Page images
[graphic][ocr errors][subsumed][subsumed]
[graphic][merged small][merged small]
[ocr errors]




"When the classic work on the history of women comes to be written," Max Lerner mused in 1943, "the biggest force for change in their lives will turn out to have been war." i With its female welders, bellhops, and taxi drivers, the American home front during World War II seemed to offer abundant proof for such a statement. The average American woman became a cultural heroine, a symbol of American determination to win a war that few understood. Sensing that the public identified with Rosie the Riveter and her sisters in the war, the information and image-making centers of the nation-Washington, Hollywood, and Madison Avenue-deluged the home front with a steady stream of material glamorizing, examining, glorifying, and exhorting the American woman. A whole genre of literature on women's participation was spawned, most of it echoing the

theme that "house-keeping as usual ended in America on the day of Pearl Harbor.” 2 The message that women were vital to victory was drilled into the public mind by advertisers, journalists, and public officials. To describe the contribution of the nation's women, a new word, womanpower, crept into the popular vocabulary.

A loosely defined term, womanpower described efforts as diverse as halting careless talk and operating a fifteen-ton crane. At one time or another during the war, the success of virtually every home front campaign was deemed to depend on the nation's women. Keeping the home fires burning World War II style demanded far more than writing letters and knitting sweaters; it required, as one advertiser phrased it, for a woman to be “Betsy Ross, Barbara Fritchie and Molly Pitcher, reborn. A real fighting American." Nevertheless, soliciting women's aid in maintaining the nation's health through proper nutrition, in collecting tin cans, waste fats, and silk hosiery, in selling bonds, in fighting inflation, and in doing volunteer work of all sorts was in reality an expansion of war tasks that had been delegated to women in earlier conflicts.3

2 Susan B. Anthony, Out of the Kitchen-Into the War (New York, 1943), 2:2. See also: Gulielma F. Alsop and Mary F. McBride, Arms and the Girl (New York, 1943); Keith Ayling, Calling All Women (New York, 1942); Laura Nelson Baker, Wanted: Women in War Industry (New York, 1943); Margaret Culkin Banning, Women for Defense (New York, 1942); Augusta H. Clawson, Shipyard Diary of a Woman Welder (New York, 1944); and Neil Giles, Punch In, Susie! (New York, 1943).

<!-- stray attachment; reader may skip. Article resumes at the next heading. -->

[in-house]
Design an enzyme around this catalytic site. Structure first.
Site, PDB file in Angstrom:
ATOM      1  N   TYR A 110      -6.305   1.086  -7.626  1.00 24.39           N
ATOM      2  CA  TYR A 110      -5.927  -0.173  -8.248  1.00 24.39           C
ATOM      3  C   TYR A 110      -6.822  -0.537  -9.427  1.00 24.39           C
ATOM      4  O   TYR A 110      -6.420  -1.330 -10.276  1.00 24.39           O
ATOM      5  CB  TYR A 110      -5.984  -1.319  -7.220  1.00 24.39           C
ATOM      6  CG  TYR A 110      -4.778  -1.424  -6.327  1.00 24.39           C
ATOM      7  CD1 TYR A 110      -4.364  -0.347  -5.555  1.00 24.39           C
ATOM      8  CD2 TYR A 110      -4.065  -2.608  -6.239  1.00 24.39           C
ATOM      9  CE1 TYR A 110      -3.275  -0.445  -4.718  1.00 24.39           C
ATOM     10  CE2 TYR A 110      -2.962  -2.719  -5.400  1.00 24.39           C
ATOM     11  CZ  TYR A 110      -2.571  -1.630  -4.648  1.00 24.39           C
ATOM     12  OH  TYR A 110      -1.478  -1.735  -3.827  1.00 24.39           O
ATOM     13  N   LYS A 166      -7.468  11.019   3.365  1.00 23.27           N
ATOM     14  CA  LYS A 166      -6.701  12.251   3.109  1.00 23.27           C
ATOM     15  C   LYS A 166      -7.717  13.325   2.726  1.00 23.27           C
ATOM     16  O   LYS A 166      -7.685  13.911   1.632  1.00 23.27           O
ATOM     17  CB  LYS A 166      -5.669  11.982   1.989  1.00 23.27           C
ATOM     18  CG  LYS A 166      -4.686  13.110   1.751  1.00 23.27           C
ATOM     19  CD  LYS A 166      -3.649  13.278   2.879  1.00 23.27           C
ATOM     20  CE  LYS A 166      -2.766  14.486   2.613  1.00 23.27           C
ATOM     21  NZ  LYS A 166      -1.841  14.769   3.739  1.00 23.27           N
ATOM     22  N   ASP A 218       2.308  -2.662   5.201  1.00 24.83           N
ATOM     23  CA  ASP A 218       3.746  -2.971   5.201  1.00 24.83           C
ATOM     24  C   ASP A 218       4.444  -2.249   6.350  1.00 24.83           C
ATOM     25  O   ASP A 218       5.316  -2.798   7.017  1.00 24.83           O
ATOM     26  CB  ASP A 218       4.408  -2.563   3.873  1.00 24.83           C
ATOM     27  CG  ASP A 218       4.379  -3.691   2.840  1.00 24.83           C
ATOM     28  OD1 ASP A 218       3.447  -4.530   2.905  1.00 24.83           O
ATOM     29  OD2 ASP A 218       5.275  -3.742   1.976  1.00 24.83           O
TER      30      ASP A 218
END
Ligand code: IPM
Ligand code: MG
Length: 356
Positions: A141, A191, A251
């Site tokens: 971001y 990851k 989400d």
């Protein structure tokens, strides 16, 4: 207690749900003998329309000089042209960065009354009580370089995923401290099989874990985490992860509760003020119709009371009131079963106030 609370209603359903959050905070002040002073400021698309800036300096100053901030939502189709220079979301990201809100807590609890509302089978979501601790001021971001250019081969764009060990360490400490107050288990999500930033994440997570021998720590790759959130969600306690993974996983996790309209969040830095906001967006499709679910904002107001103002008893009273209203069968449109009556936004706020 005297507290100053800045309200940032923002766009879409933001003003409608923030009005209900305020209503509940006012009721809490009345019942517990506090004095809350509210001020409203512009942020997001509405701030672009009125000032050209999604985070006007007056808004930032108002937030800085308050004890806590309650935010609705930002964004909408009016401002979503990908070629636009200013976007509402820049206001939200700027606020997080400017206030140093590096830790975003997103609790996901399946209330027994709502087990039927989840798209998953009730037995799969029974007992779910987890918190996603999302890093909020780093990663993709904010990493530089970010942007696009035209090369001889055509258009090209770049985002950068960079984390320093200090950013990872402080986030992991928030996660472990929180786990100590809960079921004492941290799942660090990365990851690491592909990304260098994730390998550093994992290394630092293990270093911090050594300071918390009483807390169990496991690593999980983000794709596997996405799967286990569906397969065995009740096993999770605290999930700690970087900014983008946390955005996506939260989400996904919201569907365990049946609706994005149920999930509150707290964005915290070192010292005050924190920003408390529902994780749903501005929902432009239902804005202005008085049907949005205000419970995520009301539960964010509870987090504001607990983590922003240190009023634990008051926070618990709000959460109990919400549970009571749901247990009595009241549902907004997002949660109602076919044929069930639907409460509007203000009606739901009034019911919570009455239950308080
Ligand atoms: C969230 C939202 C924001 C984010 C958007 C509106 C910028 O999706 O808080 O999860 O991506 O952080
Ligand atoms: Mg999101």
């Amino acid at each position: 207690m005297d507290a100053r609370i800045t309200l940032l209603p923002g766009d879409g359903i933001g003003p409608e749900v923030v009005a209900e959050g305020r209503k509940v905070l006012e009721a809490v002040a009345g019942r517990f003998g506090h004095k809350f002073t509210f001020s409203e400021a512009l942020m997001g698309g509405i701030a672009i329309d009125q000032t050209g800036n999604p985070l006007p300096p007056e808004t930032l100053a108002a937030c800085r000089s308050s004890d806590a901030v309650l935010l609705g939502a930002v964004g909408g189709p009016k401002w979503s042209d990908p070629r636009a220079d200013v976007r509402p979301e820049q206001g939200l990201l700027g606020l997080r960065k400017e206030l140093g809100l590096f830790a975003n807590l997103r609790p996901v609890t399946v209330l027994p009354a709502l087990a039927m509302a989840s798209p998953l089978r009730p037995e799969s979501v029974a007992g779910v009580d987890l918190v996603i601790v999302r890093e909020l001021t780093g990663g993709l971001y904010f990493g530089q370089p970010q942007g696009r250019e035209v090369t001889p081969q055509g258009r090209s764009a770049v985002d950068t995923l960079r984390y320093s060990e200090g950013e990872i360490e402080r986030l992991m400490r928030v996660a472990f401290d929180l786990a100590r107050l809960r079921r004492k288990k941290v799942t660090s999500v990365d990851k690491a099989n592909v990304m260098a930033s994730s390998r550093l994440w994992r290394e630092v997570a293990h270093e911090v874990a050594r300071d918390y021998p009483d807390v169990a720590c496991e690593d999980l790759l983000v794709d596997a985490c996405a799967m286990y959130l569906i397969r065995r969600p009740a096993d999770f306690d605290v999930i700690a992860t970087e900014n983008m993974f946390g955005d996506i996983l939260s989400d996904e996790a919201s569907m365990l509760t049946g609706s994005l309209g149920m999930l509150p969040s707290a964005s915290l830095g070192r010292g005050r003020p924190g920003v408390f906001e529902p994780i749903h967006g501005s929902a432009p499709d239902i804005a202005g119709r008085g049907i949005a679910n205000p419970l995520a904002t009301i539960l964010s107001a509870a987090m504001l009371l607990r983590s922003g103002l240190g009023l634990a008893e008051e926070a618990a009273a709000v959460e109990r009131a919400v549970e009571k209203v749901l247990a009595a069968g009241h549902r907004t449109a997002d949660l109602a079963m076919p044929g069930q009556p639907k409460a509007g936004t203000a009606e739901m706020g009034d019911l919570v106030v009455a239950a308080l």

1 Max Lerner, Public Journal (New York, 1945),

p. 19.

A new element in the World War II appeal was the extent to which womanpower was described in terms of full-time paid work. Potential Rosie the Riveters were courted, cajoled, and flattered in an attempt to induce women to accept war jobs. The agency coordinating the government's publicity program, the Office of War Information, encouraged the media to create a “sense of urgency” in women in order to convince them that “women must work as men must fight.” 4

Calls to action formed an important ele

[graphic][merged small][merged small][merged small]

ment in the wartime public relations program directed at women, but praise was an equally prominent feature. Presidents Franklin D. Roosevelt and Harry S. Truman paid tribute to the “grand job” and “untiring efforts” of American women. Manpower Commissioner Paul V. McNutt lauded women workers as the “real heroines of this war." 5 Songwriters concurred in these sentiments and penned paeans of praise to "Rosie the Riveter," "Woman Behind the Man Behind the Gun,” “The Lady at Lockheed,” and “The Janes Who Make

3 Advertisement in Life, Jan. 11, 1942, p. 93. The approach to nutrition and health is well illustrated in Women's Radio Program Guide, July 1943, p. 17, Records of the Radio Bureau, 1941-45, Domestic Operations Branch, Records of the Office of War Information, Record Group 208, Washington National Records Center, Suitland, Md. (hereafter cited as RG _, WNRC). For an example of the female emphasis in the salvage program, see War Production Board, Salvage Division, A Job Only a Woman Can Do, Sept. 1943, Records of the Program Manager for Homefront Campaigns, Office of the Deputy Directors, Domestic Operations Branch, ibid. For women's role in halting inflation and in selling bonds, see W. B. Harvey to S. 0. Lesser, Jan. 18, 1945, Research Division Records, Office of War Information, Records of the Office of Government Reports, RG 44, WNRC; Dorothy Thompson, "Women and Inflation," Ladies Home Journal, Dec. 1941, p. 6; Sylvia Carewe, “Where's the Woman's Angle in this War," Advertising and Selling 35 (1942): 23. On volunteer work, see F. H. LaGuardia, “'An Hour a Day for the U.S.A.,'" Ladies Home Journal, Dec. 1941, p. 106; and "Aides Relieve Nurse Shortage,” Life, Jan. 5, 1942, p. 32.

4 Office of War Information, Women in the War (Washington, D.C., 1944), p. 2.

5 For Roosevelt's statement, see “President Pays Tribute to Women Workers," Labor Information Bulletin 10 (1943): 1. Truman was quoted by Mrs. Charles W. Tillett in a radio script for the Democratic Women's Day Program, Oct. 25, 1945, in Women's Division, Democratic National Committee, Florence Jaffray Harriman Papers, Manuscript Division, Library of Congress. Paul V. McNutt, Radio Transcription, p. 2, Speeches, Radio Addresses, Interviews, and Statements, Office of the Chairman, Records of the War Manpower Commission, Record Group 211, National Archives Building (hereafter cited as RG_, NA).

« PreviousContinue »